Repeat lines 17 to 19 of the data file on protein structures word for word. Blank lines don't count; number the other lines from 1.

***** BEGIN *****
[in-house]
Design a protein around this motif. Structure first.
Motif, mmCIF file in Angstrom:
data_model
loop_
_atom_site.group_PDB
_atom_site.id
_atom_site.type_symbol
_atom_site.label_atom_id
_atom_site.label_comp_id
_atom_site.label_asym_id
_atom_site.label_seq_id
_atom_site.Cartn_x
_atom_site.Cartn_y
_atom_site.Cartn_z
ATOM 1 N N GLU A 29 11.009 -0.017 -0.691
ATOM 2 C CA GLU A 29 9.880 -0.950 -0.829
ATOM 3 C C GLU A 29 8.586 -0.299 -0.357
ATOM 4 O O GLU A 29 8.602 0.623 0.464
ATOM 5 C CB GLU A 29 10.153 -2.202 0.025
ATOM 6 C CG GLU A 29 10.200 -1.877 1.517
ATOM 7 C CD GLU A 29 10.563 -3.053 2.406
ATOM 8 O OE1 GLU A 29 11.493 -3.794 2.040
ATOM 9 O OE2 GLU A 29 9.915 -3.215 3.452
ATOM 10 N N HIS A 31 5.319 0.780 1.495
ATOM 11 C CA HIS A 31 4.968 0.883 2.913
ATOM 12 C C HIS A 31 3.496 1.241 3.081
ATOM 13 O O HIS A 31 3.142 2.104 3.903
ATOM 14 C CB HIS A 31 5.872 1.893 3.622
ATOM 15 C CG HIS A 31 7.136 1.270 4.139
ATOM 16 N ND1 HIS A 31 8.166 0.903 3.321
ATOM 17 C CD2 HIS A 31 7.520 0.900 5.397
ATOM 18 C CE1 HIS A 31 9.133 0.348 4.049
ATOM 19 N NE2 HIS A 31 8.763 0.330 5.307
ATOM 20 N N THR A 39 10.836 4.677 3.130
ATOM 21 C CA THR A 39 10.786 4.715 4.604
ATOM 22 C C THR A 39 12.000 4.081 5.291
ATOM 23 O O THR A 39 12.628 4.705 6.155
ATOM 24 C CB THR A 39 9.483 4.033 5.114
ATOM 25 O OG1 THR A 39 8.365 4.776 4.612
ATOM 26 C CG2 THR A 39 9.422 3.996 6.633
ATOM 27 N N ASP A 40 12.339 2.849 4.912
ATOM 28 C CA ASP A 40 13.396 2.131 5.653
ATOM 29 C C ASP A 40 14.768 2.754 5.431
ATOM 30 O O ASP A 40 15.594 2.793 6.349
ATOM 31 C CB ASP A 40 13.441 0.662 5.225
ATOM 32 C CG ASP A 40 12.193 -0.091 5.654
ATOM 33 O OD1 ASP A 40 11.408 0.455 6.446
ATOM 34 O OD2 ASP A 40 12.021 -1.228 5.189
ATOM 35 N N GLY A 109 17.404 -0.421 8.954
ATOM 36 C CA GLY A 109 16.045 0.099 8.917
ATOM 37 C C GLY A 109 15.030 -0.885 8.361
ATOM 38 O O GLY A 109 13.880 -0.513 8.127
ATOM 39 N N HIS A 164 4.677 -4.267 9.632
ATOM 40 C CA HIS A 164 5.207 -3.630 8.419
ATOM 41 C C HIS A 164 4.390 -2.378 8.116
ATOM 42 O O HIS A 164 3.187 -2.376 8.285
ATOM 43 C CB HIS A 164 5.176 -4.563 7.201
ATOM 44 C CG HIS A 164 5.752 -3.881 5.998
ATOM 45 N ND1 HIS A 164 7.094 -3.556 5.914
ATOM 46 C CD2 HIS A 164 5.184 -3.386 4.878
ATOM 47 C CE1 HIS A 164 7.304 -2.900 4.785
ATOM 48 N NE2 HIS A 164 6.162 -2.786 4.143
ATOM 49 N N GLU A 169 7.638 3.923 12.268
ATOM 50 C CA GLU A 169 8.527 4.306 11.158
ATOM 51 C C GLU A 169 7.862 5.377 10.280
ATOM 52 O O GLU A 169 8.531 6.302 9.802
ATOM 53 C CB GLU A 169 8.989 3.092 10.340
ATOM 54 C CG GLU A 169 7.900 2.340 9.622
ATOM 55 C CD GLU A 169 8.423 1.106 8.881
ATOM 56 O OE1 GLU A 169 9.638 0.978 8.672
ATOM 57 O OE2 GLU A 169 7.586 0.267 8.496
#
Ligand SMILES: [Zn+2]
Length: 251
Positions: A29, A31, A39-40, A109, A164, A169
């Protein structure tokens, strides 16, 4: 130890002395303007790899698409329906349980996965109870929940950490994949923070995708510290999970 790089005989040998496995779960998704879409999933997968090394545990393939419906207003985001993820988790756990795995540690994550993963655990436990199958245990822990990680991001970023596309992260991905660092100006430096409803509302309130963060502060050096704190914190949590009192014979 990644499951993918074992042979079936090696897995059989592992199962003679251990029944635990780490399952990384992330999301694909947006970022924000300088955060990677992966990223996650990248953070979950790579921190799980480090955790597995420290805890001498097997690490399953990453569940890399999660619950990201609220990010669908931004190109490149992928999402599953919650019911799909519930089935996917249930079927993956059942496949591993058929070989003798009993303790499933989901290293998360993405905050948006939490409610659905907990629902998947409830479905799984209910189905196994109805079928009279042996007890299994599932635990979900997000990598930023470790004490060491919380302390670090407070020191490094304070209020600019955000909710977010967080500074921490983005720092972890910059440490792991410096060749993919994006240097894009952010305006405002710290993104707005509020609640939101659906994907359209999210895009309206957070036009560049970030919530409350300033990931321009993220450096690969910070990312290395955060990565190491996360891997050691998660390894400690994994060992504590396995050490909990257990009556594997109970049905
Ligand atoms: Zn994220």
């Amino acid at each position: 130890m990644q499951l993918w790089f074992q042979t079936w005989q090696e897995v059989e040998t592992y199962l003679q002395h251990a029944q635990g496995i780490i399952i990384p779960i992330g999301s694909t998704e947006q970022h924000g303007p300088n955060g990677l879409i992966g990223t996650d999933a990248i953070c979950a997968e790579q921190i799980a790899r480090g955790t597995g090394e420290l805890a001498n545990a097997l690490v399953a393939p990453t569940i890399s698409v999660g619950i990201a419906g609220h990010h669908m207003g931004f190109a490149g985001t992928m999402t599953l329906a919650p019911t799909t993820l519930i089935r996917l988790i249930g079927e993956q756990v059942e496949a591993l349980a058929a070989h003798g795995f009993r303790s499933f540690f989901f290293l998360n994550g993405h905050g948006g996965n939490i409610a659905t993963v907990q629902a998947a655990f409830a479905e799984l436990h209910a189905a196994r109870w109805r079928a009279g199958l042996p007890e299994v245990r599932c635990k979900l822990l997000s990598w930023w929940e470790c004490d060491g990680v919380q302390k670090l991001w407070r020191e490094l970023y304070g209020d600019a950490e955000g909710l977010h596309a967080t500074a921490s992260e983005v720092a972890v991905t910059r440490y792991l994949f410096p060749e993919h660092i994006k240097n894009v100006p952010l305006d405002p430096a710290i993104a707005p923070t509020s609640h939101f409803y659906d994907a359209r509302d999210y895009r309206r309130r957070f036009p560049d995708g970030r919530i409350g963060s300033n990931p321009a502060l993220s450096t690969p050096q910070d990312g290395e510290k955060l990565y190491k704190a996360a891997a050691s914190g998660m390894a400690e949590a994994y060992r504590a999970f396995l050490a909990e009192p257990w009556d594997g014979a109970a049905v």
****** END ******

ATOM 2 C CA GLU A 29 9.880 -0.950 -0.829
ATOM 3 C C GLU A 29 8.586 -0.299 -0.357
ATOM 4 O O GLU A 29 8.602 0.623 0.464